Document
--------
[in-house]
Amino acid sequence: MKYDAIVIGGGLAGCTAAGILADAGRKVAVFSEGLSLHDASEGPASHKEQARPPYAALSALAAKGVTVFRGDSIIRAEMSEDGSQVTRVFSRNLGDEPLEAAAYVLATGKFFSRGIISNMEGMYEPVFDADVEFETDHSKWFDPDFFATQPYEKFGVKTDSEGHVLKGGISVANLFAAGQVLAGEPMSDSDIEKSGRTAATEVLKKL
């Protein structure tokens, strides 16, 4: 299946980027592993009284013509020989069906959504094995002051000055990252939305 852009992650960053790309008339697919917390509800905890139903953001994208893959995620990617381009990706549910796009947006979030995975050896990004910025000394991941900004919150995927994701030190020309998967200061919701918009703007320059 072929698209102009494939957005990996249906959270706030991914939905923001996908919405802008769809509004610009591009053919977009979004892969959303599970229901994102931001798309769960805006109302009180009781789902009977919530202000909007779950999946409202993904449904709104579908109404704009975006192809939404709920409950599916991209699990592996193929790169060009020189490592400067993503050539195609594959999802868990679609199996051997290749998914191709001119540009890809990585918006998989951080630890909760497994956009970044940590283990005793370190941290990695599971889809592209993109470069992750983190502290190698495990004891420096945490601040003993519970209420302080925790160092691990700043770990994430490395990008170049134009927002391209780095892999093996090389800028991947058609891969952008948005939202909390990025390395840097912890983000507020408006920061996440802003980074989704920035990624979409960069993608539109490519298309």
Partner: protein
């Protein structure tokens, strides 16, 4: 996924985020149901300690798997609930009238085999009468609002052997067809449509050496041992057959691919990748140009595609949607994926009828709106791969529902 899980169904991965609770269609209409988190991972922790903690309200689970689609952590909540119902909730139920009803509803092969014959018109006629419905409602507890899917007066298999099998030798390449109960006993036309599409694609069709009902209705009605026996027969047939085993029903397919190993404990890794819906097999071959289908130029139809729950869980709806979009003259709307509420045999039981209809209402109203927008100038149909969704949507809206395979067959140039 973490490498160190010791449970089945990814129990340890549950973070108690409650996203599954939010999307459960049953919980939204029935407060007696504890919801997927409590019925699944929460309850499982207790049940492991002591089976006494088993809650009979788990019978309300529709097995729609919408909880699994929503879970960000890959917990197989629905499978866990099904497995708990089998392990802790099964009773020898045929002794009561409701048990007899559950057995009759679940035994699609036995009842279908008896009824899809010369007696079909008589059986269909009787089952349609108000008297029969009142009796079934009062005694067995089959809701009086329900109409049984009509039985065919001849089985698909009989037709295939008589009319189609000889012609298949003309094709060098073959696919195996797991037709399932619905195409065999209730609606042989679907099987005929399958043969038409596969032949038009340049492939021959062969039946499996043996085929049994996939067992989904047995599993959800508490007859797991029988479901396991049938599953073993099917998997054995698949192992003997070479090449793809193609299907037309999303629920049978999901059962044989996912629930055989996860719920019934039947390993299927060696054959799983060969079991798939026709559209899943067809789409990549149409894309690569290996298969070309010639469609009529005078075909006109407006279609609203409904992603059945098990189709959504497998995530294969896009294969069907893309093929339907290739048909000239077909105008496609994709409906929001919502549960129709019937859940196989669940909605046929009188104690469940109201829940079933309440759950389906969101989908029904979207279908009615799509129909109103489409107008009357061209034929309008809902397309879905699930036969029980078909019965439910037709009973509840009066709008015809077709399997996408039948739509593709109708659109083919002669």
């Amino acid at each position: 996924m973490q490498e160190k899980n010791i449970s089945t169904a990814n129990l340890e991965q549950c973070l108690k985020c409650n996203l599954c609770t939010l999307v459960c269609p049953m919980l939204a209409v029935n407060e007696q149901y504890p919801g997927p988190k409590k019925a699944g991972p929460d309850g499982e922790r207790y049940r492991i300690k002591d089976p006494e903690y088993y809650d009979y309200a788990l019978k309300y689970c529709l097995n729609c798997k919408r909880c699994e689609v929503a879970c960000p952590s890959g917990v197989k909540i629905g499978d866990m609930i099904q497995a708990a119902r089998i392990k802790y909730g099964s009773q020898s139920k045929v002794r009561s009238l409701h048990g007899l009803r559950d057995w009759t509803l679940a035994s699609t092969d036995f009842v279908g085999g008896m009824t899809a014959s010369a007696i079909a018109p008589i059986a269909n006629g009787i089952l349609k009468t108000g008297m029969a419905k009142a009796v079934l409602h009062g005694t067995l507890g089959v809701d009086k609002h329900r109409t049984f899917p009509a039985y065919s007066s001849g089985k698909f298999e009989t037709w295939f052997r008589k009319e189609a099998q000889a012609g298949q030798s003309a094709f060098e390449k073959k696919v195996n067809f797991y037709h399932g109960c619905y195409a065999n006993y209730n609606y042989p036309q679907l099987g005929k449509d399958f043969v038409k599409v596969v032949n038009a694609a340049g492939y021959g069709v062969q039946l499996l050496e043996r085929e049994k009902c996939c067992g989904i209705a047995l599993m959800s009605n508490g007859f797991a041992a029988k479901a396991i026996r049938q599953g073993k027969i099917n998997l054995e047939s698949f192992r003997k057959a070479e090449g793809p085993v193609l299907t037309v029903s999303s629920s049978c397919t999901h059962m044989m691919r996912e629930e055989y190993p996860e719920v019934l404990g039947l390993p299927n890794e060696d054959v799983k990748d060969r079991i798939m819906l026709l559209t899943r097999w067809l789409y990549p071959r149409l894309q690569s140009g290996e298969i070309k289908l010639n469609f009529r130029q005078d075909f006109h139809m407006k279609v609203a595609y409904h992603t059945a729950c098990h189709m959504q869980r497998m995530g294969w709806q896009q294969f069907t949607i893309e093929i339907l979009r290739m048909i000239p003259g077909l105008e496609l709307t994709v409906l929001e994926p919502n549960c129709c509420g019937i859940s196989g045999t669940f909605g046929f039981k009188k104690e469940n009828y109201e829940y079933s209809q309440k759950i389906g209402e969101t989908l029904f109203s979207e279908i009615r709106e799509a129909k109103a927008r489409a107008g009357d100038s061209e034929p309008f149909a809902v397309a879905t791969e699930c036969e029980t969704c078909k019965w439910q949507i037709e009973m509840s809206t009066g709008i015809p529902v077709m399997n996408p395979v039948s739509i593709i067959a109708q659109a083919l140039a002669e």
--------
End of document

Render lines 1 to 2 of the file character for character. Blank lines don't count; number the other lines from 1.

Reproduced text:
[in-house]
Amino acid sequence: MKYDAIVIGGGLAGCTAAGILADAGRKVAVFSEGLSLHDASEGPASHKEQARPPYAALSALAAKGVTVFRGDSIIRAEMSEDGSQVTRVFSRNLGDEPLEAAAYVLATGKFFSRGIISNMEGMYEPVFDADVEFETDHSKWFDPDFFATQPYEKFGVKTDSEGHVLKGGISVANLFAAGQVLAGEPMSDSDIEKSGRTAATEVLKKL